I can't believe that at one point you were my roommate and we never talked about programming. You're full of good stuff, I hope you never stop.
Ted Leung - http://www.sauria.com/blog
Another of the "programmer's programmer" people I latched onto a while back and keep visiting. I like the quality of your thoughts which refreshingly venture from programming from time to time.
Paul Graham - http://www.paulgraham.com
You're my idealist. I usually get a sense of excitement when you post a new essay and then print it out to read over lunch or at coffee.
Simon Willison - http://simonwillison.net/
Another connection to Yahoo! and a jedi at taking notes.
Steve Yegge - http://steve-yegge.blogspot.com
Keeping it as real as Dare, from Google. Saying what a lot of people think but are scared to admit. Another person who is down the path from me, whose footsteps I'd like to follow.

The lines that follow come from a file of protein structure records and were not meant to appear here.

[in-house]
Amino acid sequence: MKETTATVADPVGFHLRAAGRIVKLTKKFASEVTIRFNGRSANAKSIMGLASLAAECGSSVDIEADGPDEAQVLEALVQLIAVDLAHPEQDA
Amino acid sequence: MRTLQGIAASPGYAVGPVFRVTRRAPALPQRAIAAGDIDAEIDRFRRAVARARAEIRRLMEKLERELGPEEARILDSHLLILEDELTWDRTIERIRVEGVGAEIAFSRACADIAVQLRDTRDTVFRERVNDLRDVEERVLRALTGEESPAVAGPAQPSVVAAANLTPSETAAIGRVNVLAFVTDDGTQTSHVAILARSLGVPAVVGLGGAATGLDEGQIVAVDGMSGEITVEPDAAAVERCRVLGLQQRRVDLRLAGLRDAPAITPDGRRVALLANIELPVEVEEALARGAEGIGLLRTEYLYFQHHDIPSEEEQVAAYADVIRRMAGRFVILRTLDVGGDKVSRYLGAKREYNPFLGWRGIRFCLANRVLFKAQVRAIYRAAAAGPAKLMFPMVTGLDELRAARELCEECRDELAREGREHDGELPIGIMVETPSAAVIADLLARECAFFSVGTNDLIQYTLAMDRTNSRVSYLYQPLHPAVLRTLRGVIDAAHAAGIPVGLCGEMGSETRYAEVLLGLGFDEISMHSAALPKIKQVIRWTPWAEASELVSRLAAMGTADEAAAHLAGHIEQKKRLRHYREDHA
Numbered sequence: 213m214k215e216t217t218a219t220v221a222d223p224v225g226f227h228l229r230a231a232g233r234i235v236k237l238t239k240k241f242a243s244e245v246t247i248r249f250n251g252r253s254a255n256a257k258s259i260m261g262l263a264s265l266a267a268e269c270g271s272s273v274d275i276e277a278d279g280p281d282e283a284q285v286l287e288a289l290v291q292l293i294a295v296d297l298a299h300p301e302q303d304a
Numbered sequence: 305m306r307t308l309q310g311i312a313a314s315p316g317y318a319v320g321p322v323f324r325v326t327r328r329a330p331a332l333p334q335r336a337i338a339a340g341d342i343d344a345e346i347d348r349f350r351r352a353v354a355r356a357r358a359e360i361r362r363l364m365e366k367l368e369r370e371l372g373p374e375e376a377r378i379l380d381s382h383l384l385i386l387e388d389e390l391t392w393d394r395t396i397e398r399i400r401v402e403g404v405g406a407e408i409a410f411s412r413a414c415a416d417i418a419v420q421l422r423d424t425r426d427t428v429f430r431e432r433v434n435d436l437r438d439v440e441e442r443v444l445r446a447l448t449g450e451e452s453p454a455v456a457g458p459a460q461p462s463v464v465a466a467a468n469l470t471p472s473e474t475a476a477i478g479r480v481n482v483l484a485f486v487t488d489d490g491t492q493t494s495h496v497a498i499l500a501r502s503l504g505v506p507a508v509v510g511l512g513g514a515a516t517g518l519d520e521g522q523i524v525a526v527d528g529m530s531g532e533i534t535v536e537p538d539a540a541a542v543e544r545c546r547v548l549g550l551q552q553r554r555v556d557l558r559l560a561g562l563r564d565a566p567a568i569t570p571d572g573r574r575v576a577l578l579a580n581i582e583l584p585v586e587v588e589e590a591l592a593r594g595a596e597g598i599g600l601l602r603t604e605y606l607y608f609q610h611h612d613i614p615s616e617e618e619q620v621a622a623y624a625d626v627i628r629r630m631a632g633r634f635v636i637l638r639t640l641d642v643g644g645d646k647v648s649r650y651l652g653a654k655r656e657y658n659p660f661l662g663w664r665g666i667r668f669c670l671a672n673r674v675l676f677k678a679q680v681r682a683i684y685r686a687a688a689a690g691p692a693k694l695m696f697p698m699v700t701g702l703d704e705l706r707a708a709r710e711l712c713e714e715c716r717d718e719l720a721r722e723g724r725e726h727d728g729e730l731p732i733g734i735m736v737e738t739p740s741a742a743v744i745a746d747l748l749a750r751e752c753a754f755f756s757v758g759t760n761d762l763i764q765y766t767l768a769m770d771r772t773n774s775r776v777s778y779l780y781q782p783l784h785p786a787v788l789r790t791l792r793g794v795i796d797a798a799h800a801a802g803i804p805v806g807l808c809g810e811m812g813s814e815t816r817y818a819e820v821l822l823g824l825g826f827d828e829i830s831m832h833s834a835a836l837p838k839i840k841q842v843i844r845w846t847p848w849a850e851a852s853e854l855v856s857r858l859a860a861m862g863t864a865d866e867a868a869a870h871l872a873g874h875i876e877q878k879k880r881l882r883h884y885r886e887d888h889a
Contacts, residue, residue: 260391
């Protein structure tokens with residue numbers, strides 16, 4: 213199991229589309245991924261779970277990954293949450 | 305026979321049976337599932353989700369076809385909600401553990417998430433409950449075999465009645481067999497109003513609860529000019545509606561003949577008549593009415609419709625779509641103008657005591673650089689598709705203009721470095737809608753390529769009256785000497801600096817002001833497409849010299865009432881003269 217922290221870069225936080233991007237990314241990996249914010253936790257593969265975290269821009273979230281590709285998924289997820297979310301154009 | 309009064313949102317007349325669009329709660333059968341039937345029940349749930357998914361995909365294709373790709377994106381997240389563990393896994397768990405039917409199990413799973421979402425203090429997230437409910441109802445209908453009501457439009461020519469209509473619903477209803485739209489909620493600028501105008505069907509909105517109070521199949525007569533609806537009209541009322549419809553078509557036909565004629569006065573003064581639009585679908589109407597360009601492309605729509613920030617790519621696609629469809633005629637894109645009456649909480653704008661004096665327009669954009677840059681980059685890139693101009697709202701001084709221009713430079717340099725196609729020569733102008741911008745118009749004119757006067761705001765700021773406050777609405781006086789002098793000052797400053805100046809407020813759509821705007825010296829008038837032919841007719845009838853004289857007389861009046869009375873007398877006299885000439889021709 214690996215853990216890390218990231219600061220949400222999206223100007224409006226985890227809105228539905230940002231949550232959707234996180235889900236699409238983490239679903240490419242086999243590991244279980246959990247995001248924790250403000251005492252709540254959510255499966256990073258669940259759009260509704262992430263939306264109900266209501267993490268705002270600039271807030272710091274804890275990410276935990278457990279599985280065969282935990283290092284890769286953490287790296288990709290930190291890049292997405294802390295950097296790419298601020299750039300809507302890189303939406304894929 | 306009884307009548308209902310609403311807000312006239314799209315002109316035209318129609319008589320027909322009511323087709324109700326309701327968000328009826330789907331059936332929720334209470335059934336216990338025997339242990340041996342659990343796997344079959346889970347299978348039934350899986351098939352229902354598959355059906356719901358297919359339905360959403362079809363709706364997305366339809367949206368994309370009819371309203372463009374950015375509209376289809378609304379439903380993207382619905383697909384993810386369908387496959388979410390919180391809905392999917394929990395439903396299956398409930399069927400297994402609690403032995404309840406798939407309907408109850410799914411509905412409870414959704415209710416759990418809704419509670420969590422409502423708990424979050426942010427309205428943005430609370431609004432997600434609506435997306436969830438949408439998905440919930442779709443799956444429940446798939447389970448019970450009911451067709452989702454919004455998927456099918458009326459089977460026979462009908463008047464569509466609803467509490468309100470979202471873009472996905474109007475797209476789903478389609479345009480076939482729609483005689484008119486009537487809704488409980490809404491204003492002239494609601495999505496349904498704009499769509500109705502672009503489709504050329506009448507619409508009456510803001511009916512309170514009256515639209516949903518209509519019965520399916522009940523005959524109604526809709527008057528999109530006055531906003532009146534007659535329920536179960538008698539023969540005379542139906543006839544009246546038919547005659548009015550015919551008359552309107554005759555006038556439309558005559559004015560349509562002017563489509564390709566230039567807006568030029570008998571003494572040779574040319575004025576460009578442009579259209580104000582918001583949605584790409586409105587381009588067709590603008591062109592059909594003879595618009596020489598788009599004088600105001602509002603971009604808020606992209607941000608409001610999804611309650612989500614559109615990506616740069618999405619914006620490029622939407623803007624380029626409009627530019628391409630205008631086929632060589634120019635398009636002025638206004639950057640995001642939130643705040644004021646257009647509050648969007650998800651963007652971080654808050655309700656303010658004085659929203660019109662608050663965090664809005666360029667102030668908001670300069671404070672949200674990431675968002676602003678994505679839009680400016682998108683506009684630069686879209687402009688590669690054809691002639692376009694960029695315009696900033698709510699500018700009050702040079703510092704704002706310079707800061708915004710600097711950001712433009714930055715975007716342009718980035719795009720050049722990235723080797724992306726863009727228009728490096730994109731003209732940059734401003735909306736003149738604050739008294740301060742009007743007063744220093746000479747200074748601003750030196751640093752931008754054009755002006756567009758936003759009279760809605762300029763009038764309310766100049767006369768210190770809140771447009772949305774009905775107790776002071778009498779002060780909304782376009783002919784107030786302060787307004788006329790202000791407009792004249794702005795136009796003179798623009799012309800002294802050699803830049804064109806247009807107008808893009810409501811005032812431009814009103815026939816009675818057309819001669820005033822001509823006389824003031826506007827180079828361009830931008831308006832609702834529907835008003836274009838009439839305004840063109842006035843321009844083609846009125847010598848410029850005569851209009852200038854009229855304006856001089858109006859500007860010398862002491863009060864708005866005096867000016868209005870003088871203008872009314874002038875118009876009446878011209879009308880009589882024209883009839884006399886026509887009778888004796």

Larry O'Brien - http://www.knowing.net/
Educated gentleman who kept me awake for a while trying to prove to myself that I know my language (C#). I ported my Haar transform code to Java too. Also proof that you don't need to be in the throng of things because he's "holding it down" in Hawaii.
Mad Kristensen - http://www.madskristensen.dk/blog/
Another clever Dane, but very accessible to me. Every time I hit the site I learn something new that I can almost immediately use.
Aaron Swartz - http://www.aaronsw.com/weblog/
A smart kid. I can't concentrate through a lot of the stuff but every so often I find something darling. Maybe I should categorize this like a few I've mentioned above it as "good conversation" blogs or thoughts that inspire some thought.